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making inserts

Posted by on Jun. 27, 2010 at 7:58 PM
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Hello ladies i am new here and looking for some information. I want to make my own inserts using the receiving blankets i have. I have a total of 16. 10 are the same size and 4 of them are bigger. I read somewhere that it is recommended to use like 8 layers, is this right?  I am using gdipers and will be making them the saze as the m/l gcloth. What kind of stich would use, and i had also seen somewhere with a pic of a sample insert that had a stitch going down the center, is that neccessary? thanks ladies

by on Jun. 27, 2010 at 7:58 PM
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xtwistedxlovex
by Jenny on Jun. 27, 2010 at 8:12 PM

Depends on how heavy of a wetter you've got. With flannel I use two 4-layer inserts and fold one in half. DS has always peed a lot though.

The center stitch - was that width or length-wise? If it's width-wise, it might be for easier folding.

Peytons_Mama09
by on Jun. 27, 2010 at 8:22 PM
She's not to heavy of a wetter. So I could probably get by with doing 6 layers? It lengh wise and just down the center.
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xtwistedxlovex
by Jenny on Jun. 27, 2010 at 8:33 PM

Hmm...not sure the purpose of that then, unless it maybe helps it lay more comfortably. 8 layers of flannel can be awfully stiff. 6 layers should be just fine. You can always double up if it turns out to be too little, or make boosters to go with the inserts.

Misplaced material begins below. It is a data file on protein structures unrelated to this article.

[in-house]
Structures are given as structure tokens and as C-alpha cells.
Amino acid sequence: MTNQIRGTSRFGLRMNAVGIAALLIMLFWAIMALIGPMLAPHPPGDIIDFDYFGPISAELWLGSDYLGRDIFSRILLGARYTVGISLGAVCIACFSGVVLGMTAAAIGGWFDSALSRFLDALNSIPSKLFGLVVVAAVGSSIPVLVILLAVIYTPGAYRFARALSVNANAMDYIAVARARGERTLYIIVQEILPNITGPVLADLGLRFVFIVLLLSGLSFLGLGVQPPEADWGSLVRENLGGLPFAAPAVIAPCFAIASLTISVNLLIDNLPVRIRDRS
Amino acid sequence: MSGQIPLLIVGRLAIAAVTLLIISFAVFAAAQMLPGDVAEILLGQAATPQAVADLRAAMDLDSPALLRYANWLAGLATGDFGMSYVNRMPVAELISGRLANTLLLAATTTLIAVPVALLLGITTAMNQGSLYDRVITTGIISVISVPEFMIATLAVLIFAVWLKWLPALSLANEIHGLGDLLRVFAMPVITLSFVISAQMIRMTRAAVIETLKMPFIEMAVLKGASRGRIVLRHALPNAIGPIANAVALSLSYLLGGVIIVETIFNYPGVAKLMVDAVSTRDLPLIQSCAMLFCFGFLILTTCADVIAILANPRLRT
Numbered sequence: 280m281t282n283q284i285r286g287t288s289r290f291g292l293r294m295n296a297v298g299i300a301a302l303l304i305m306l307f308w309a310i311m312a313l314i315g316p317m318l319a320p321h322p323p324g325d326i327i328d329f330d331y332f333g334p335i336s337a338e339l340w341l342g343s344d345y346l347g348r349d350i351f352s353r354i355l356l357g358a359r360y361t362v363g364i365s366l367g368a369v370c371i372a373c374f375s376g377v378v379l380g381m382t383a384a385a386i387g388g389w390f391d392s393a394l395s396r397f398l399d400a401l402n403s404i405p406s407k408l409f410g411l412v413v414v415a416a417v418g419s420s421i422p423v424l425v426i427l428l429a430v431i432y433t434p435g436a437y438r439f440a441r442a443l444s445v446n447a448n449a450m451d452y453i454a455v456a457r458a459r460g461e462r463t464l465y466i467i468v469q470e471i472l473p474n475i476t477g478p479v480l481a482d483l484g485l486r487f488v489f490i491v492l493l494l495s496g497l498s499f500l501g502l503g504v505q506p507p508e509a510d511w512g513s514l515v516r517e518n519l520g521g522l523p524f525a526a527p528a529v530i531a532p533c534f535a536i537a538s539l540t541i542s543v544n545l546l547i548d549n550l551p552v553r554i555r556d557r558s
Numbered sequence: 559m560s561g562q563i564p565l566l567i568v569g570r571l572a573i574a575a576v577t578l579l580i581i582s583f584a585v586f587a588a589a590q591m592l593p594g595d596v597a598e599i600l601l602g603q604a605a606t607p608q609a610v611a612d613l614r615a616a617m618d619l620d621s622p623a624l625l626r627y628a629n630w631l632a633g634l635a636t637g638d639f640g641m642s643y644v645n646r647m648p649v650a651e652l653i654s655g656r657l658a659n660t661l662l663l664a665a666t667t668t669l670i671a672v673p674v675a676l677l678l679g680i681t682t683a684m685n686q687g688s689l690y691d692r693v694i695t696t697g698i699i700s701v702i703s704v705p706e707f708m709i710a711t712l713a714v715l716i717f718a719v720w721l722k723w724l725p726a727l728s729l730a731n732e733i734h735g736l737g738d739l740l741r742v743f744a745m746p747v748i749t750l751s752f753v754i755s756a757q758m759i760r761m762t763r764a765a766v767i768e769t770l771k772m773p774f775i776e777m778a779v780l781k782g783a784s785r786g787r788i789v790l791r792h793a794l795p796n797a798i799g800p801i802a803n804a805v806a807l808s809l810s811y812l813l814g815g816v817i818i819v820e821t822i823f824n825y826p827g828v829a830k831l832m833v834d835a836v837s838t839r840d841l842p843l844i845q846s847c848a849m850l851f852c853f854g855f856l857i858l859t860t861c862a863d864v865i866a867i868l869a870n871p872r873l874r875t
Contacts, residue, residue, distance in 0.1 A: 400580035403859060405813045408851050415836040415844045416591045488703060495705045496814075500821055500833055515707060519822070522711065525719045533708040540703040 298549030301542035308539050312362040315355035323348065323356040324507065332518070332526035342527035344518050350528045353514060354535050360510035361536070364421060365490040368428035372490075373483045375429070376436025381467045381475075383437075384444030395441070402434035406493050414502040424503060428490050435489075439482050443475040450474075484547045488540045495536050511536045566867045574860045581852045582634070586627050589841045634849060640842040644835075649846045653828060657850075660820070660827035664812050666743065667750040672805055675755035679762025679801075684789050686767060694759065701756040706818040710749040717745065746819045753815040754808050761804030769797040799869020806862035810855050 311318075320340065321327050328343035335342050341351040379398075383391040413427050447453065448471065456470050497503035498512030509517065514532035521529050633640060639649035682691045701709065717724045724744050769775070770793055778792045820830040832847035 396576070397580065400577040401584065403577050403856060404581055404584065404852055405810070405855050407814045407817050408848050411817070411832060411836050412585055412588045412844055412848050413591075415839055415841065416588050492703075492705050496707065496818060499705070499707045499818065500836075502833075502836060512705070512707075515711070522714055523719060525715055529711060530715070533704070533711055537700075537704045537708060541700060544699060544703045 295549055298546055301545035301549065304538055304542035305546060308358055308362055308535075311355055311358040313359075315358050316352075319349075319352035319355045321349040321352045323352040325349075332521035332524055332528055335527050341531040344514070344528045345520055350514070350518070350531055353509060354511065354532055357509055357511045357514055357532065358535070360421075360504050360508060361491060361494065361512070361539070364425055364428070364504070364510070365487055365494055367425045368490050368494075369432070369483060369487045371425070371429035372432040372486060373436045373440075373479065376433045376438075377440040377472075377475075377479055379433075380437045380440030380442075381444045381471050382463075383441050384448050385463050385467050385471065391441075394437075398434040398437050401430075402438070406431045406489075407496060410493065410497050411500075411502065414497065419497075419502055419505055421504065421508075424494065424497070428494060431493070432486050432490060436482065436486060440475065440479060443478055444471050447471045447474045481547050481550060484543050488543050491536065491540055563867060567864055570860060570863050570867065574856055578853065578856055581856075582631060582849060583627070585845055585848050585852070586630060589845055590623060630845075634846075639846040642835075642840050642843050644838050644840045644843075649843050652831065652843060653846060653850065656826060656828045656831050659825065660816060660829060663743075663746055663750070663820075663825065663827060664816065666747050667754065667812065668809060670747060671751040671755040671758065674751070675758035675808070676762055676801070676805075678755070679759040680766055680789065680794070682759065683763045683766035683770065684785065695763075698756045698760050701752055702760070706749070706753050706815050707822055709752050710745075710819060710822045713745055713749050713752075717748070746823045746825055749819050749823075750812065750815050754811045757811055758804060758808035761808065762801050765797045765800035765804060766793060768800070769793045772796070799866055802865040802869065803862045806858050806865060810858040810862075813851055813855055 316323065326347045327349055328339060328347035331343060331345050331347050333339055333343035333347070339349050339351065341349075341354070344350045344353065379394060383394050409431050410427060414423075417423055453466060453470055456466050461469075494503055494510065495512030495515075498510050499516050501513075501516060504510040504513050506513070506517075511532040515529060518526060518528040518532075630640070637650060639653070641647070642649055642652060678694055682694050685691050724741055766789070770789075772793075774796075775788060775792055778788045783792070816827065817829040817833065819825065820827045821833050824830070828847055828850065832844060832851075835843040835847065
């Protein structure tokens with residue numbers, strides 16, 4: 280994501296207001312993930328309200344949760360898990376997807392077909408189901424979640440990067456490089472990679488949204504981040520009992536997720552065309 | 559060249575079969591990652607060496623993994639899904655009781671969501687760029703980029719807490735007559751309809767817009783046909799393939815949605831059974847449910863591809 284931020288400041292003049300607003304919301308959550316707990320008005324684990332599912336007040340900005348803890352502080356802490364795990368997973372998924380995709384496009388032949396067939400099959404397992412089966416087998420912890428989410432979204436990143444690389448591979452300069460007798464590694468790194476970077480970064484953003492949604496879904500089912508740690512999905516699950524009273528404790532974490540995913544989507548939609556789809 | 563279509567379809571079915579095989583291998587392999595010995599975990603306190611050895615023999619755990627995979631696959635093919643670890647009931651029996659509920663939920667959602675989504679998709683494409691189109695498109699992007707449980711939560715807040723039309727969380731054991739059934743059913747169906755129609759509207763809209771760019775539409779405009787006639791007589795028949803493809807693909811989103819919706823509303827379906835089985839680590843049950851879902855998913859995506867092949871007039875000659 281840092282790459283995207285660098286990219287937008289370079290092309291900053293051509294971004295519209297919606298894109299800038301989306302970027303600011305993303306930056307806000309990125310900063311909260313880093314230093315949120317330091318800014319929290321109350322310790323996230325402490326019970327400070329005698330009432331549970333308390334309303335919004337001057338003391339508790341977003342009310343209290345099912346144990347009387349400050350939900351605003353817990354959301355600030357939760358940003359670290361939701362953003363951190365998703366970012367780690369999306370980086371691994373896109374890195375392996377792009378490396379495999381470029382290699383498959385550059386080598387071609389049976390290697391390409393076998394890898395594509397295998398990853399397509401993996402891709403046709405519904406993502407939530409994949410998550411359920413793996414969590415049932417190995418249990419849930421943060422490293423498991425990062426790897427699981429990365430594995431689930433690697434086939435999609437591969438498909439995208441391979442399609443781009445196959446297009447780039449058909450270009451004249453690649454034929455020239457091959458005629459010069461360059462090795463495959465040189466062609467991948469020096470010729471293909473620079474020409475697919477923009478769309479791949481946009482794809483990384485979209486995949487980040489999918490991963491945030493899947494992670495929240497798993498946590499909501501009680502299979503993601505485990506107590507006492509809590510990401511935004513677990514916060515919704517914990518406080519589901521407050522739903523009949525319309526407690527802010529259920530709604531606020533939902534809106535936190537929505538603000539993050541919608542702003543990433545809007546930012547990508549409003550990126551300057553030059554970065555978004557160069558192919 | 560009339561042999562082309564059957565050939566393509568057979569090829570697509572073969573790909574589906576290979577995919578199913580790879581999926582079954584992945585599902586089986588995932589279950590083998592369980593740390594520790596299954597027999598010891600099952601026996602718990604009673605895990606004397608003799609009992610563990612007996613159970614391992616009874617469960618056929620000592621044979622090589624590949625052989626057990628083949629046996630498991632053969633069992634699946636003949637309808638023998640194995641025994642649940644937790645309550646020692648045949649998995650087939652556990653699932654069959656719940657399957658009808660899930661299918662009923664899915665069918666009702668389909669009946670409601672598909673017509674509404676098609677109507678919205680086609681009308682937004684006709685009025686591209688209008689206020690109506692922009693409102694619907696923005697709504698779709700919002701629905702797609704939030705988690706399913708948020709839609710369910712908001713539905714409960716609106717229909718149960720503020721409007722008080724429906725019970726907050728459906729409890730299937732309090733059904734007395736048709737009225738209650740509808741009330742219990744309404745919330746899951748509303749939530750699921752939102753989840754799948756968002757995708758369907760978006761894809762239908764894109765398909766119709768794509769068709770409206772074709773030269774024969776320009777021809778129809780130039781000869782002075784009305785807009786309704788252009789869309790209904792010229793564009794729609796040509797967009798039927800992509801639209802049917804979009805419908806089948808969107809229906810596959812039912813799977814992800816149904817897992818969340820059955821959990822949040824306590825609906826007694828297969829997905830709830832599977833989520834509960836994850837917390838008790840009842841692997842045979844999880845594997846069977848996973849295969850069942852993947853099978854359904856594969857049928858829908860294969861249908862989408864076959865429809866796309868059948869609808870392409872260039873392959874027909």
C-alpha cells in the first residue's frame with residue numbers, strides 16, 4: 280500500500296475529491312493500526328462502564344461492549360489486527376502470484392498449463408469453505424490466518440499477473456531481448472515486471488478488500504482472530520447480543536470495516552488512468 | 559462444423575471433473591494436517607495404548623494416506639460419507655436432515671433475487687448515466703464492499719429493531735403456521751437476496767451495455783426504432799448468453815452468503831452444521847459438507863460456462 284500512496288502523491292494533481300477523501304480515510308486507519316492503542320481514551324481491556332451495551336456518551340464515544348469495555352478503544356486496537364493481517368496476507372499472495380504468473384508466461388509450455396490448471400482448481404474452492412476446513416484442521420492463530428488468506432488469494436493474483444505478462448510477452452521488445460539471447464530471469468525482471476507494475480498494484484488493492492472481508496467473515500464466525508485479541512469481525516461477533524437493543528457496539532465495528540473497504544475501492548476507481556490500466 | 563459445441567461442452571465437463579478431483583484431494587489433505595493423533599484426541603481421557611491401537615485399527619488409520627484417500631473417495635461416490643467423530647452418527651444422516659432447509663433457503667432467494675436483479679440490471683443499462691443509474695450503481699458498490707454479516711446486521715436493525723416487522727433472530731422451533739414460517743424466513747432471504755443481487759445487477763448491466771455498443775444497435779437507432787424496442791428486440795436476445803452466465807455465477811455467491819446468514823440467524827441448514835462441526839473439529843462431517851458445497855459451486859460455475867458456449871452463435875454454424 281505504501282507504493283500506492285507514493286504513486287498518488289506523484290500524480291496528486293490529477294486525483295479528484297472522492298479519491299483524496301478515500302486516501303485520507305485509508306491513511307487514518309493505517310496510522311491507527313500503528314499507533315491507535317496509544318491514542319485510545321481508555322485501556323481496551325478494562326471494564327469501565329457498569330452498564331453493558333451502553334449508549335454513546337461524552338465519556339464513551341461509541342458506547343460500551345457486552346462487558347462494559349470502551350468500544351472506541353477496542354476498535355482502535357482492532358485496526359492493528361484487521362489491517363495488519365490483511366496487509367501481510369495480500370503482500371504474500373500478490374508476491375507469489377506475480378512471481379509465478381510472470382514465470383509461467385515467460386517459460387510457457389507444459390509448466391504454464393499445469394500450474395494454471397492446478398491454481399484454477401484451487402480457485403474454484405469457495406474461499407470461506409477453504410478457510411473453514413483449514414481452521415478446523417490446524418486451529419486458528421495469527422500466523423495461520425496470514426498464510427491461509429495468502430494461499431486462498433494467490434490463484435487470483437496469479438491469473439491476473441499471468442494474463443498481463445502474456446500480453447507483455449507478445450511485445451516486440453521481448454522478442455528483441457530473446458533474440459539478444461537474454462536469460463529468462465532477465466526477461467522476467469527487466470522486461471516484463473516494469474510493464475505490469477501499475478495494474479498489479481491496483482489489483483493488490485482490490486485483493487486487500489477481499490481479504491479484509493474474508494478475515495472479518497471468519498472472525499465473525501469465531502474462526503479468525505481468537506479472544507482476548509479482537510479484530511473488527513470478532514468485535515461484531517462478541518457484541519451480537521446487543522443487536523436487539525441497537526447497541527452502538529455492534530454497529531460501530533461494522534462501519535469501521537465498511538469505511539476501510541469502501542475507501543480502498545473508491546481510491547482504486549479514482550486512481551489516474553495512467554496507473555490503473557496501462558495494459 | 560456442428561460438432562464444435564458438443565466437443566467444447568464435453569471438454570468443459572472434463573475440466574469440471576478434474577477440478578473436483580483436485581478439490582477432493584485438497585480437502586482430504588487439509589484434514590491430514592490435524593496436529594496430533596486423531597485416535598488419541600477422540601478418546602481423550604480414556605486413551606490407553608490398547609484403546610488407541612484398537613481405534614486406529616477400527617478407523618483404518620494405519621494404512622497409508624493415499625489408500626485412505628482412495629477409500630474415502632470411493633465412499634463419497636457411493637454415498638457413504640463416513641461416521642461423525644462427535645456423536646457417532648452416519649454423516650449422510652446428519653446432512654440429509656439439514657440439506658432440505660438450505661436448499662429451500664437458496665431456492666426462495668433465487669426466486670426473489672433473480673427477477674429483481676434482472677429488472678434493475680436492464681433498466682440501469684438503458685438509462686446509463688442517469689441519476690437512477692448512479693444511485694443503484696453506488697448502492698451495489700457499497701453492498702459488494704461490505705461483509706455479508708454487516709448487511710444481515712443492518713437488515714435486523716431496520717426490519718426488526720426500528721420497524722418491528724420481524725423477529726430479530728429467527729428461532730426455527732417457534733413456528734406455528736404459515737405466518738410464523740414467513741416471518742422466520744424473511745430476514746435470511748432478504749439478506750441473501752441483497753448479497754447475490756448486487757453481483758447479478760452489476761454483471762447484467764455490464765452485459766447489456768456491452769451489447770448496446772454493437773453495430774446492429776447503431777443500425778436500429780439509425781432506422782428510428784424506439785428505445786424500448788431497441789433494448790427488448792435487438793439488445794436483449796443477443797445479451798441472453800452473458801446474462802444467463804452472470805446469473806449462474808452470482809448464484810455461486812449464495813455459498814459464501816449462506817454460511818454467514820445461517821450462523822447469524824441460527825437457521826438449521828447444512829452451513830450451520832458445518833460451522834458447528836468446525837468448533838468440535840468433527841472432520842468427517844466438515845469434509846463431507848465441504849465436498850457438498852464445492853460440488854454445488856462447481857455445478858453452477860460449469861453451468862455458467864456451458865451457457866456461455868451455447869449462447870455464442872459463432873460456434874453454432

Peytons_Mama09
by on Jun. 27, 2010 at 8:51 PM

What are boosters? never heard of them

xtwistedxlovex
by Jenny on Jun. 27, 2010 at 9:01 PM

Booster = Doubler

Quote Cloth Diaper Glossary:

Diaper doublers are also known as liners, inserts, or soakers (not to be confused with wool soakers). They are made of absorbent fabric. Their purpose is to increase the absorbency of any diaper that you use. Some doublers come with the diaper and can be snapped in place. Others are partially sewn in and flip out when being washed. They can also come separately and be used in any diaper. Some doublers are a contour shape for a better fit. Many doublers are topped with polyester fleece, which provides a wicking layer to keep the baby dry. You can even use a piece of fleece as a liner, if you wish. The fleece layer also makes the doubler easier to clean when it is time for a dreaded dunk in the toilet. Some people avoid polyester fleece because they do not want synthetic fibers touching their baby's skin.

teacher312
by on Jun. 28, 2010 at 11:43 AM

 Carli wasn't a heavy wetter either until last week.  If you plan to use them awhile, I'd make them for a heavy wetter just in case!

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